Branded content, Google’s AMP pages, Snap’s disappointing quarter, growth of mobile ads, global media spend, and more are covered in this installment of TFP’s Media Metrics roundup.

To help you keep up with trends and prepare for changes just around the corner, every quarter we compile excerpts from some key reports covering issues affecting the publishing and media industries. Here are our top picks.

Does Branded Content Drive Brand Lift? New Research Takes an In-depth Look (Marketing Land)

  • A recent study found that after engaging with branded content, users’ average unaided awareness was 69% while purchase intent was 51%.
  • Users demonstrated 17% more purchase intent when interacting with content accompanied by companion display ads compared with exposure to the content alone.
  • Infographics and galleries were 7% more successful than video content in improving user interest, and 9% more effective in improving opinion.
  • While 43% of branded content interaction in the study was on mobile devices, purchase intent was more than 17% stronger on desktops.

Google’s AMP Pages Mean Visitors Spend More Time with Content (Recode)

  • Data gathered from 360 sites shows that visitors are spending 35% more time on average with Google AMP (Accelerated Mobile Pages) content than with standard mobile web pages—48.2 seconds vs. 35.6 seconds, respectively.
  • The median page-load time of a Google AMP page is 1.4 seconds, compared with 5.3 seconds for standard mobile web pages, and less than one-thousandth of a second for Facebook Instant Articles.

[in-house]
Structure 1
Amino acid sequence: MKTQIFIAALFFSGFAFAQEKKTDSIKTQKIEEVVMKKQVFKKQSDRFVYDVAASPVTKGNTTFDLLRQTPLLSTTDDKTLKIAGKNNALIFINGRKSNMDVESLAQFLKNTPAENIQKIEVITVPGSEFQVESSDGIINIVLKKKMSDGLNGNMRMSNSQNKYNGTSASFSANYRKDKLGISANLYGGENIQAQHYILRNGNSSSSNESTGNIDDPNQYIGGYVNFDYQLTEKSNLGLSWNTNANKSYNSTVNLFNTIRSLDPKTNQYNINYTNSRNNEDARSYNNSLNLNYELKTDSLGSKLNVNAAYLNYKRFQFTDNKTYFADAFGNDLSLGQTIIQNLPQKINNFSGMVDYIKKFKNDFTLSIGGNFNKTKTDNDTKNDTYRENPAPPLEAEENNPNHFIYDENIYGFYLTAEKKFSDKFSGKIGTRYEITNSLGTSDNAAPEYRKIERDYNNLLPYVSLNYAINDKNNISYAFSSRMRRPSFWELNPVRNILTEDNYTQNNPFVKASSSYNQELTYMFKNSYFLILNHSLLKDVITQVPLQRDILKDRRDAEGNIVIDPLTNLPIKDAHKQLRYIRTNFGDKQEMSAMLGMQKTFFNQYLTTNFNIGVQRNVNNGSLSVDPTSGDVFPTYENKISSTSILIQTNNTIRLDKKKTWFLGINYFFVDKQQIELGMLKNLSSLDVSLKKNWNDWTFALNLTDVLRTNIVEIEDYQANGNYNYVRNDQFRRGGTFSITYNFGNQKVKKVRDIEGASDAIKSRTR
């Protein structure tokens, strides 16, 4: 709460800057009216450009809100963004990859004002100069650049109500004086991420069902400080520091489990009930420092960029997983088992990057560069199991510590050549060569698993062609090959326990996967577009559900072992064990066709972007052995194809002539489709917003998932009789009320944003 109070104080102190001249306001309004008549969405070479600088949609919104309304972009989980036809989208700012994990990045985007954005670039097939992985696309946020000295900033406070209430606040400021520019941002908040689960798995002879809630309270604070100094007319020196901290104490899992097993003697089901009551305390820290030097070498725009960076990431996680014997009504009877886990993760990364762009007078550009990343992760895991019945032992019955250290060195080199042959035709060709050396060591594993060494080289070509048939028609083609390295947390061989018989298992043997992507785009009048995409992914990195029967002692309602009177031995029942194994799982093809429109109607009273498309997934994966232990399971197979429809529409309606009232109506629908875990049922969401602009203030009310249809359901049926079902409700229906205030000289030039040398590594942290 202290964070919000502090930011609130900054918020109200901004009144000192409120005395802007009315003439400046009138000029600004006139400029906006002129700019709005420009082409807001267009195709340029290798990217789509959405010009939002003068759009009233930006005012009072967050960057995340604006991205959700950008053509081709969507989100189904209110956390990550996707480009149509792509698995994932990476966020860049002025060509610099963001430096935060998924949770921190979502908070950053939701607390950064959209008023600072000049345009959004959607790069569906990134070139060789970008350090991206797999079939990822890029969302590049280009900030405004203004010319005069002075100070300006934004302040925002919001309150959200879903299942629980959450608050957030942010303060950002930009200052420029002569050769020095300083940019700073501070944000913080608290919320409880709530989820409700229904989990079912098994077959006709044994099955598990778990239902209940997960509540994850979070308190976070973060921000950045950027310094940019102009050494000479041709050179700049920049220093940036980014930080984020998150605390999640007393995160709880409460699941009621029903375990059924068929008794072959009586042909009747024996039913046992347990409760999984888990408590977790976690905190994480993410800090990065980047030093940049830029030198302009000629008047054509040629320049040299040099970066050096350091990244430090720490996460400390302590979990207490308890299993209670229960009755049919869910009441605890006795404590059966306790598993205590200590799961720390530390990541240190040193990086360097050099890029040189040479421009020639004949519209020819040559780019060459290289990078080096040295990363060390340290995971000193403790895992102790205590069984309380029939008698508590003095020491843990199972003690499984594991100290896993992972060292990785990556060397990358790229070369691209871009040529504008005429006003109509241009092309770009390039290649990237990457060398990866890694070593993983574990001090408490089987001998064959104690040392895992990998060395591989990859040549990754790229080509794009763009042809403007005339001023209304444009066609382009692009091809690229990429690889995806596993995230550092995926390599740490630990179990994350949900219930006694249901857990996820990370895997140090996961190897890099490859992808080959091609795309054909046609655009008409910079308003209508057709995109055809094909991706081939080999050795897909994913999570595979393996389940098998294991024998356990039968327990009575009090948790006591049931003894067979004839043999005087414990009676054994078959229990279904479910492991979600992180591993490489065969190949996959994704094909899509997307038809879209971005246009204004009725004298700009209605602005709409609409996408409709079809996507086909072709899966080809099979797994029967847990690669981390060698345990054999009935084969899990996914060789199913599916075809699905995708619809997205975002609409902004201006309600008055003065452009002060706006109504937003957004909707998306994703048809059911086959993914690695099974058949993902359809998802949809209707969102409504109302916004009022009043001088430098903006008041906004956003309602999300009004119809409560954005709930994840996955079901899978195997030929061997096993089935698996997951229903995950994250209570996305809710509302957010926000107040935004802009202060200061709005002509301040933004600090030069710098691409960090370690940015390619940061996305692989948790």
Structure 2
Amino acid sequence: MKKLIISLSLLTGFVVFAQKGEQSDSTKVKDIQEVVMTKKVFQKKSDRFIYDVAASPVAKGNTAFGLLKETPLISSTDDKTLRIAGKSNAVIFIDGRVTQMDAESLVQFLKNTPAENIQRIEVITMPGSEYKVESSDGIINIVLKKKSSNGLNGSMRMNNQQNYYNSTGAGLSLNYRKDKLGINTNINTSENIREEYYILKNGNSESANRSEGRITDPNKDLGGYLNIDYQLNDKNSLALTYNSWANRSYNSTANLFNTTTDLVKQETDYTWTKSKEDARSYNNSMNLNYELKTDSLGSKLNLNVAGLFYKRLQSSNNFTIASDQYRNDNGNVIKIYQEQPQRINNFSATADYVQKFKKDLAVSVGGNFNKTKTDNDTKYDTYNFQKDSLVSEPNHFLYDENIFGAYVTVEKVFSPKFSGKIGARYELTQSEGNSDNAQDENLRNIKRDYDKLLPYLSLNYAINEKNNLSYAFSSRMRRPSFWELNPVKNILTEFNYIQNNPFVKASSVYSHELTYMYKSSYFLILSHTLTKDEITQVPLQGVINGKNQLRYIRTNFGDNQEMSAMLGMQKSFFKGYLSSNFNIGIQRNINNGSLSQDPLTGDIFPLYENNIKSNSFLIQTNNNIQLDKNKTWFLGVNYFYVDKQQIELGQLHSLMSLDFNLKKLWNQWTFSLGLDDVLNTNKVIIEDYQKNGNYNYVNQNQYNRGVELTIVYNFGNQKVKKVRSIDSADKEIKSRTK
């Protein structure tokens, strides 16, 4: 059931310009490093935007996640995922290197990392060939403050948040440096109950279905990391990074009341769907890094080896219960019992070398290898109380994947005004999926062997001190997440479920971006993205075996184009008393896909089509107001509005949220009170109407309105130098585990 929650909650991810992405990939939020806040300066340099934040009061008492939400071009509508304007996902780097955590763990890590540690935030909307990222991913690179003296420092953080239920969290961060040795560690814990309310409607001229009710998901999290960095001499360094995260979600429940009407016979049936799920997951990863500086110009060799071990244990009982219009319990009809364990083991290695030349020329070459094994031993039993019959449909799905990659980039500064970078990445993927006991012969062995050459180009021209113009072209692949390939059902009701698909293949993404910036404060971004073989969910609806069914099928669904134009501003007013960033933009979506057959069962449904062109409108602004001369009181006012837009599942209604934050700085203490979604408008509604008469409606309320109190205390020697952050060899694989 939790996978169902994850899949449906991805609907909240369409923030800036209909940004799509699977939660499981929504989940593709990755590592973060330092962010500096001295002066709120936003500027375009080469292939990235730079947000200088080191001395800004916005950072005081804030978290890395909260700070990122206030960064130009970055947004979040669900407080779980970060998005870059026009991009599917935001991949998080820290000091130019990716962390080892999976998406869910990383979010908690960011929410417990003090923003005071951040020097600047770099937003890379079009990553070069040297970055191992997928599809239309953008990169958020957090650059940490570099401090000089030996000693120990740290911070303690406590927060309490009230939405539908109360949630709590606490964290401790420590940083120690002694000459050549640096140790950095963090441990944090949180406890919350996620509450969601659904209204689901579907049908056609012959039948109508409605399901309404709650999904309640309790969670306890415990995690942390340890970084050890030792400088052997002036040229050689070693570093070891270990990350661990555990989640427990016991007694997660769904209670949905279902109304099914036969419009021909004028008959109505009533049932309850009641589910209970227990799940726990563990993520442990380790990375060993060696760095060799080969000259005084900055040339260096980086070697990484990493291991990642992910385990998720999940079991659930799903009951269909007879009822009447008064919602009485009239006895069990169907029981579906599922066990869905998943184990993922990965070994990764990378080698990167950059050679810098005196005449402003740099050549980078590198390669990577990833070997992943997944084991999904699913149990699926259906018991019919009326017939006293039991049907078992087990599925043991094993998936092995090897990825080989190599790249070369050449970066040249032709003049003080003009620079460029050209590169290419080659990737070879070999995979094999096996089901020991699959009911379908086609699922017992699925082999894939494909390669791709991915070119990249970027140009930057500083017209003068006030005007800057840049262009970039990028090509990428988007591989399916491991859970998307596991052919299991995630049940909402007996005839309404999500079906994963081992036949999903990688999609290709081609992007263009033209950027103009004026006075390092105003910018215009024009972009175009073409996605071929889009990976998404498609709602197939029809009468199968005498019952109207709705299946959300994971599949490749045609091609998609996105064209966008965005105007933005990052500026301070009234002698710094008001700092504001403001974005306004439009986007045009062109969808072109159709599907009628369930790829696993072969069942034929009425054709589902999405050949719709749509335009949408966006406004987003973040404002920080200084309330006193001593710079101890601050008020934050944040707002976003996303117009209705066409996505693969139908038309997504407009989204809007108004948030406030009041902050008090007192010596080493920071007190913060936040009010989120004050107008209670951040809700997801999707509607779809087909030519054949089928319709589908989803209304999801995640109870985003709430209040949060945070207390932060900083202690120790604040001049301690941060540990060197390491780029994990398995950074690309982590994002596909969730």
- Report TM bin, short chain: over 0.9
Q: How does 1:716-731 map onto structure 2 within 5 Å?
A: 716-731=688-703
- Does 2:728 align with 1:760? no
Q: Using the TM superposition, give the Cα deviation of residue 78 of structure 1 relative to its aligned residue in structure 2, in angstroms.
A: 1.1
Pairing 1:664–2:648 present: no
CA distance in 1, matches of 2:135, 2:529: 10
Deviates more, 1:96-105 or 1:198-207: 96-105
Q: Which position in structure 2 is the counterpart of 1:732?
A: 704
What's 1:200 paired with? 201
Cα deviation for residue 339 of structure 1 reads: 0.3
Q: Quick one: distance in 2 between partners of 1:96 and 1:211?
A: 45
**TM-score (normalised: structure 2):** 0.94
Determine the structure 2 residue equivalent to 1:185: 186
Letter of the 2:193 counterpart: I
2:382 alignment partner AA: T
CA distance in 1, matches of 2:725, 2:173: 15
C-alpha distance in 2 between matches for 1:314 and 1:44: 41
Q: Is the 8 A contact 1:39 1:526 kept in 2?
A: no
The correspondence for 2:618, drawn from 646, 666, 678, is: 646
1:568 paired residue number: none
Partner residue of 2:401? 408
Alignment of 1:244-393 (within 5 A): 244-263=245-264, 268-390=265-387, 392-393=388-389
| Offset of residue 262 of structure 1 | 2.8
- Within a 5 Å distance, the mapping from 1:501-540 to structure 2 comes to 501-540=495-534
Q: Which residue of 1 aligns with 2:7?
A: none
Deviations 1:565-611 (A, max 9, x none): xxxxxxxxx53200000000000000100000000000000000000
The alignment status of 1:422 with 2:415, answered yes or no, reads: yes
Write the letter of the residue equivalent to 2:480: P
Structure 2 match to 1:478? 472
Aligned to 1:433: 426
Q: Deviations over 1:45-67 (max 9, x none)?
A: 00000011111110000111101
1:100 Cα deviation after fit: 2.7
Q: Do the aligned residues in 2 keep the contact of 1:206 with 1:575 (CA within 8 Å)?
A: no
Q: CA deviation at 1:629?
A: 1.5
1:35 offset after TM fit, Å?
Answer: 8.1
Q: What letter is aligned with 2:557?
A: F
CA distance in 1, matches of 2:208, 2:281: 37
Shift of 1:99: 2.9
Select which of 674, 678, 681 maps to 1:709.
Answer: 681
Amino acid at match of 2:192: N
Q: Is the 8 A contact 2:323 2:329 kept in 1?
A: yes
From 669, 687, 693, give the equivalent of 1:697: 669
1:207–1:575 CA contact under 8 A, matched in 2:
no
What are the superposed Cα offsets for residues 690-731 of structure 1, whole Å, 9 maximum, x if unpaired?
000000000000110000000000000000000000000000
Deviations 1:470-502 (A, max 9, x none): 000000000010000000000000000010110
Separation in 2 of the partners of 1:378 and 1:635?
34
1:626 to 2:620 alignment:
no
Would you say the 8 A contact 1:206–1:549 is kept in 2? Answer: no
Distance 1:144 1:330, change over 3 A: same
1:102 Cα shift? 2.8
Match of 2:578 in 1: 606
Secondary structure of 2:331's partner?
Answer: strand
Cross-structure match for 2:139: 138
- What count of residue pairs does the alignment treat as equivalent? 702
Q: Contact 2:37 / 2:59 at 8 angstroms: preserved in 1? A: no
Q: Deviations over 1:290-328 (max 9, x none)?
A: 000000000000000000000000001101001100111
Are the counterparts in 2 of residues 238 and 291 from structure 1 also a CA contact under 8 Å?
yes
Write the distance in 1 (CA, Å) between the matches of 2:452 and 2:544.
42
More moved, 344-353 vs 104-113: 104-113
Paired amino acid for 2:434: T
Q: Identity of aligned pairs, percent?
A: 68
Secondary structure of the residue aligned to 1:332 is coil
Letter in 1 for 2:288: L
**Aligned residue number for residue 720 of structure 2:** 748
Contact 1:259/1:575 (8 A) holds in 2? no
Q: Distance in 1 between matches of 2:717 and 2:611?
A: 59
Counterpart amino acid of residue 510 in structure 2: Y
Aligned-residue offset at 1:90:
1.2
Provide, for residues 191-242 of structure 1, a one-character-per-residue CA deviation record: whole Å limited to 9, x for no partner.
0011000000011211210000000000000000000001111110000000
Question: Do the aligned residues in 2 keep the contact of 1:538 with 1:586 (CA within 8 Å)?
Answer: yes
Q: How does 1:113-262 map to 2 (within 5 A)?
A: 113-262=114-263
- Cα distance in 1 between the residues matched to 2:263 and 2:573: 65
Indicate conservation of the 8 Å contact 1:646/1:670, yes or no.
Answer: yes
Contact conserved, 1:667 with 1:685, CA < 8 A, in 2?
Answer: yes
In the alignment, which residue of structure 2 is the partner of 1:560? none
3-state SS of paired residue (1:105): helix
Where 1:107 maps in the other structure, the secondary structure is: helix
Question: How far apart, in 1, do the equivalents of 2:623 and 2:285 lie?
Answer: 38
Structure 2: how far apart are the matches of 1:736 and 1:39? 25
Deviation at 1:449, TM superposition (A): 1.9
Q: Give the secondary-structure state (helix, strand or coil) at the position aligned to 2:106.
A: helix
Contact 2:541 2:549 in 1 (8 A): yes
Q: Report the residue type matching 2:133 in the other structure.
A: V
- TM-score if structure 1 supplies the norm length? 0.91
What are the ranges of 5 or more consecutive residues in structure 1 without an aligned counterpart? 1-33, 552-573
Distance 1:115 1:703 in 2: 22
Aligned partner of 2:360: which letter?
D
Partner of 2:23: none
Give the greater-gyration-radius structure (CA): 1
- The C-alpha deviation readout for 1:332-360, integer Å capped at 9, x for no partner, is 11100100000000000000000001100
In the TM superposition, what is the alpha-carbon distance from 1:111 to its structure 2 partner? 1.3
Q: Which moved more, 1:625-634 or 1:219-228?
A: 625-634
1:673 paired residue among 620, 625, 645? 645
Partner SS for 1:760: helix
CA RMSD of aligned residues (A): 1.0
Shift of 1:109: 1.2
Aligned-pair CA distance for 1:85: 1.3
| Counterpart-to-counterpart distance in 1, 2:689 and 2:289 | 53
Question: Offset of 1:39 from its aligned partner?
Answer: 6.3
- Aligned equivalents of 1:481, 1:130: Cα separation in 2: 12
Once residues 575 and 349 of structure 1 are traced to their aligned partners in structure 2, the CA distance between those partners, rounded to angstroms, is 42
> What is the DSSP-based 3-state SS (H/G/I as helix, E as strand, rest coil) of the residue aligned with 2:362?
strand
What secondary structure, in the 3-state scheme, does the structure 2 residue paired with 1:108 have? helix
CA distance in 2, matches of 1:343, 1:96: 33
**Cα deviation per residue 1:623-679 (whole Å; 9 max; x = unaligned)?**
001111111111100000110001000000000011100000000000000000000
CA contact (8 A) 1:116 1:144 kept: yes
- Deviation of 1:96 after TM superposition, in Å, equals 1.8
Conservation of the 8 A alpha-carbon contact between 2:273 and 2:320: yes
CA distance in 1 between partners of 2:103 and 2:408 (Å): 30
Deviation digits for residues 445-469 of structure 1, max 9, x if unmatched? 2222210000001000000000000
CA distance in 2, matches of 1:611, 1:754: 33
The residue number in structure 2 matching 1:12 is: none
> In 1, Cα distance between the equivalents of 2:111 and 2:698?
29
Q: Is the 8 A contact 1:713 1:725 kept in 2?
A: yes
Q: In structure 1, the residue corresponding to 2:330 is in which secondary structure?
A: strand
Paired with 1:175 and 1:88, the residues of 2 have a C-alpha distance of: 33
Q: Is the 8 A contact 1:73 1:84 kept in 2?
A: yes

• Publishers that use AMP get 16% of their mobile traffic from that content, and those using Instant Articles see 14.8% of mobile traffic from those articles.

Google Image Search Loses Market Share As Amazon, Facebook Rise (MediaPost)

  • Recent data shows Google’s core search market share grew from 58.84% in October 2016 to 64.8% in May 2017.
  • In the same period, market share for Google Images fell to 21.8%, while Amazon’s share rose to 2.30% and Facebook’s increased to 1.5%. Bing and Yahoo each ticked up to 2.4%, and Google Maps rose to 1.2%.
  • Google searches in the U.S. exceeded 30 billion per month in 2016.
  • Google referred the most traffic across the web with nearly 63% in May 2017—up from nearly 60% in October 2016.

Snap Stumbles Through Another Disappointing Quarter  (NY Times)

  • While Snapchat copycat Instagram has been growing rapidly, Snap’s first quarterly report since the company’s IPO fell short of expectations, with a loss of 36 cents a share versus estimates of a 33-cent loss. Its stock has since plunged well below its $17 per share public offering price.
  • Revenue in the period rose to only $181.7 million, versus expectations for $185.8 million.
  • The company recorded a wider quarterly loss than a year ago of $443.1 million, up from $115.9 million.

Pew’s Digital News Fact Sheet Tracks Growth of Mobile Ads, Facebook’s Growing Share (Talking New Media)

  • According to the Pew Research Center, digital display advertising revenue continued to be dominated by just a few companies in 2016, with Facebook comprising 35% of this advertising segment.
  • Some 92% of digital-native news outlets are also using Apple News, while 97% are associated with newsletters.
  • Digital advertising has increased from just under $32 million in 2011 to just over $71 million in 2016. Meanwhile non-digital advertising has gone from $124.82 million in 2011 to $123.25 million in 2016.

US Publishers Association Statistics: Overall 4.9% Rise in First Quarter (Publishing Perspective)

  • According to the Association of American Publishers, U.S. book publishers’ revenue increased 4.9% in Q1 2017, with 1,202 publishers reporting $2.33 billion in revenue for the period.